The Delicate Arch Viewpoint Road is closed. All other roads and trails remain open, but many trails are snowy, icy, and dangerous. Please inquire at the visitor center for the most up-to-date conditions.
Construction Update - 11/25/2013
Construction work continues at the Devils Garden parking lot, limiting parking and causing occasional delays. Visitors can avoid the area by turning around at Sand Dune Arch. More »
The rock at Arches offers excellent climbing opportunities, despite its sandy nature. Most climbing routes in the park require advanced techniques. Permits are not required, unless the trip involves an overnight stay in the backcountry. Climbers are encouraged to access climbing routes via established trails, slickrock or sandy washes.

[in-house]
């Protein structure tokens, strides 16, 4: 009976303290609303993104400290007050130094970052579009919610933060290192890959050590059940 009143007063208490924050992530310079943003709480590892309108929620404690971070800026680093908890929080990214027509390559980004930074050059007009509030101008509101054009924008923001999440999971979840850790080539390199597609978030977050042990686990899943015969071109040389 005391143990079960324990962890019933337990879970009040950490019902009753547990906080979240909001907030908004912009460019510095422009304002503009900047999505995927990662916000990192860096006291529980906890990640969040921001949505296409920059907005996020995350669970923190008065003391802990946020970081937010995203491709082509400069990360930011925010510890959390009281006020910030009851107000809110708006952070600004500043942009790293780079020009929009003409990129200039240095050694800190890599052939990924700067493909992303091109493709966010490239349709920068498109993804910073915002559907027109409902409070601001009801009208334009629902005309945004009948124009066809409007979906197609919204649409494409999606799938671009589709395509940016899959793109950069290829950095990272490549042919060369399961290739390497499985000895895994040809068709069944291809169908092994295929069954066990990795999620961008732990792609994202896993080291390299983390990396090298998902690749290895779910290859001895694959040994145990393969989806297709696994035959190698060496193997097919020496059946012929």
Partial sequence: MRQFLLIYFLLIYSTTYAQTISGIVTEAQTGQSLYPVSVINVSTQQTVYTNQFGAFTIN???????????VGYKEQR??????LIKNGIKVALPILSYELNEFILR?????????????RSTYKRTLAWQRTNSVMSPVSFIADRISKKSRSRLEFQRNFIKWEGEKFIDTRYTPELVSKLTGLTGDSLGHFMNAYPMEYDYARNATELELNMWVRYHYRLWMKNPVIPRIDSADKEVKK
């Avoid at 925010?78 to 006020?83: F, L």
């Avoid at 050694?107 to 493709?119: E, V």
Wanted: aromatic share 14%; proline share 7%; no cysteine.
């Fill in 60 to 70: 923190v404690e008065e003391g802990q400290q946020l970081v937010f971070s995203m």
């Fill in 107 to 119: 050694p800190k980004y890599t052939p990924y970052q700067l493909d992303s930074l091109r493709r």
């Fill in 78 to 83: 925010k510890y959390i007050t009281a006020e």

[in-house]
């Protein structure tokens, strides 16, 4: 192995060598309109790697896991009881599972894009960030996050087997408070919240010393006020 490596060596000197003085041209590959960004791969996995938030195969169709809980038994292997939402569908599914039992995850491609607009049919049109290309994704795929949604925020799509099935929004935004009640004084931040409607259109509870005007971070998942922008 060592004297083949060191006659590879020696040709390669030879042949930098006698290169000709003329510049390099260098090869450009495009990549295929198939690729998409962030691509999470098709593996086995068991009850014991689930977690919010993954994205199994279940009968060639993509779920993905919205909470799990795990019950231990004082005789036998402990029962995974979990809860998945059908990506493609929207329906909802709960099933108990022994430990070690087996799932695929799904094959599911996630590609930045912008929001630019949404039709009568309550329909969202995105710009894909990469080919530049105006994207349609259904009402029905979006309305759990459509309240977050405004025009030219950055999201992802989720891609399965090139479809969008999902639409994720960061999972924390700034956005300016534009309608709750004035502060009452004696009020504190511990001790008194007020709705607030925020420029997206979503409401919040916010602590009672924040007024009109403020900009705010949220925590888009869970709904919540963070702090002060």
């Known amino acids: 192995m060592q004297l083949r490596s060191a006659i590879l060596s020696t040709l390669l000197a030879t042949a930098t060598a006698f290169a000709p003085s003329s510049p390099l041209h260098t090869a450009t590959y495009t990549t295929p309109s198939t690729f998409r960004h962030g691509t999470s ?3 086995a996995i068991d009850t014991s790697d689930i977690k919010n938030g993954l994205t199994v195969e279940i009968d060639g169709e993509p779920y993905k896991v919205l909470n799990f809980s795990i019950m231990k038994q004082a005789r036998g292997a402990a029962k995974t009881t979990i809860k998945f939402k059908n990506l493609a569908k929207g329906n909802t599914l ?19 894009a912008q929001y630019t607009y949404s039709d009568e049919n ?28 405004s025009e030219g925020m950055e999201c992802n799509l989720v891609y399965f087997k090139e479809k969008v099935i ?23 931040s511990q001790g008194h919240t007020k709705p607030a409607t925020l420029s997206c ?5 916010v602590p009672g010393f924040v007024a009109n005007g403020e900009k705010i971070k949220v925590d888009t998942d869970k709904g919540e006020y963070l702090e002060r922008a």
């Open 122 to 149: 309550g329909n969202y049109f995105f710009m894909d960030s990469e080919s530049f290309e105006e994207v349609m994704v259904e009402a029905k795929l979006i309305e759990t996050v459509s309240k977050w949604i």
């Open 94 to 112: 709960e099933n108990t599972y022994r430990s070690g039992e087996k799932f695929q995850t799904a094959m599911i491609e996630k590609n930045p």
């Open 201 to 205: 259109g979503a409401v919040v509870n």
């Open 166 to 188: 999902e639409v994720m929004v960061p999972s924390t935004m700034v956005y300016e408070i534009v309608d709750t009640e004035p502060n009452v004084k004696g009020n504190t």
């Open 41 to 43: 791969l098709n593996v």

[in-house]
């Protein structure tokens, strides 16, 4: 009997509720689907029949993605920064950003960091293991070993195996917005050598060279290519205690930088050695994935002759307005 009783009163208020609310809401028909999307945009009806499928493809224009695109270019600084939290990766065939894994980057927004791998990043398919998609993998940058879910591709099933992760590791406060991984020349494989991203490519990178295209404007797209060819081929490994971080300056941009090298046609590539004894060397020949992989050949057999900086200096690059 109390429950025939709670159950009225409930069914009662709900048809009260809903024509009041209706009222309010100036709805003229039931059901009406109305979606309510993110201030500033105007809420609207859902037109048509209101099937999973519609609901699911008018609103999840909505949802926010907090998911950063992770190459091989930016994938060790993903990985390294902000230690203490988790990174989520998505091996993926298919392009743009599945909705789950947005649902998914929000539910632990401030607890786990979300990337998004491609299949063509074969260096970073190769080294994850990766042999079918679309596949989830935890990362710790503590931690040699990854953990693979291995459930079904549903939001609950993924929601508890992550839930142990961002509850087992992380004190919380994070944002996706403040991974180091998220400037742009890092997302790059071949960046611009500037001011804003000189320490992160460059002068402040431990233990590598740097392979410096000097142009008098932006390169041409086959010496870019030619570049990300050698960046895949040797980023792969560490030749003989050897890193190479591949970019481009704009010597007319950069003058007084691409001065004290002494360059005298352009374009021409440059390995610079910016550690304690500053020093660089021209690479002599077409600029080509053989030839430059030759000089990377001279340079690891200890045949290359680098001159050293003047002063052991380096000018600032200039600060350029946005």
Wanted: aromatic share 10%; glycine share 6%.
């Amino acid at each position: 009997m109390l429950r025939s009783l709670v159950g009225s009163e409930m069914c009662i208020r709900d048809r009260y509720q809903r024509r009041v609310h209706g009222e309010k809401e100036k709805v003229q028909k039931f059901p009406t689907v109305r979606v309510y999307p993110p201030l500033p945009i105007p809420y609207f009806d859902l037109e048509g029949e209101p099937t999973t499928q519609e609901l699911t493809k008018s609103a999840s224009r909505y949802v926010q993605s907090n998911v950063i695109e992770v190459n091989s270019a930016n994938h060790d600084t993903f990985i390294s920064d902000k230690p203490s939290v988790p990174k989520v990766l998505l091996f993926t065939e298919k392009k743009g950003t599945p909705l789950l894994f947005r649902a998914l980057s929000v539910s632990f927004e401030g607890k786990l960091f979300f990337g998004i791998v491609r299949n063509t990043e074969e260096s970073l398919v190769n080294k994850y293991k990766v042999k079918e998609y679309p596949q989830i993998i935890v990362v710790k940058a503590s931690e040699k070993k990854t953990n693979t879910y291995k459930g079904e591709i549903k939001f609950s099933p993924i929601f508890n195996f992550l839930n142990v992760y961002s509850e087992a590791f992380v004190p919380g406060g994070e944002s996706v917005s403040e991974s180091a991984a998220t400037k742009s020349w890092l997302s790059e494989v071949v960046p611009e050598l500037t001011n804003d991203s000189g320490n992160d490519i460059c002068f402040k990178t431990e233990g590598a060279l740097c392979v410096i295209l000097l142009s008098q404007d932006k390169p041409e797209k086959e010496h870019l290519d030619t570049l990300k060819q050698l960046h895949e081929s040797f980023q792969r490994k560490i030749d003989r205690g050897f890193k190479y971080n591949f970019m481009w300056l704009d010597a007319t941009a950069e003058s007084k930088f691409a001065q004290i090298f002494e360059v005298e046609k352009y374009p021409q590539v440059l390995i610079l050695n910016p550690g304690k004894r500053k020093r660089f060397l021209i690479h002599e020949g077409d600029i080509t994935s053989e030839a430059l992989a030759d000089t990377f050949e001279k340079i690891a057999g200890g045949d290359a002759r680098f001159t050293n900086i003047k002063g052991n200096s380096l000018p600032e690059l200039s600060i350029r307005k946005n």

It the responsibility of all climbers to know and obey park regulations and route closures. The following closures, conditions, and restrictions apply to rock climbing or similar activities such as, but not limited to, technical rock climbing, free climbing and clean aid climbing within Arches National Park:
Technical Rock Climbing is defined as ascending or descending a rock formation utilizing rock climbing equipment.
Free Climbing and Clean Aid Climbing are minimum impact approaches that employ chocks, stoppers, nuts and camming devices, rather than pitons or bolts, for protection or direct support. These are climbing aids that are removable and do not damage the rock.
Slacklining is defined as walking on a rope or other line that is anchored between rock formations, trees, or any other natural features. Height of the rope above the ground is immaterial.
Did You Know?
Native Americans never inhabited Arches on a year-round basis, though they certainly roamed the area searching for wild game, useful plants and rocks for tool-making. Petroglyphs near Wolfe Ranch are thought to have been created by Indians from the Ute/Paiute cultures. More...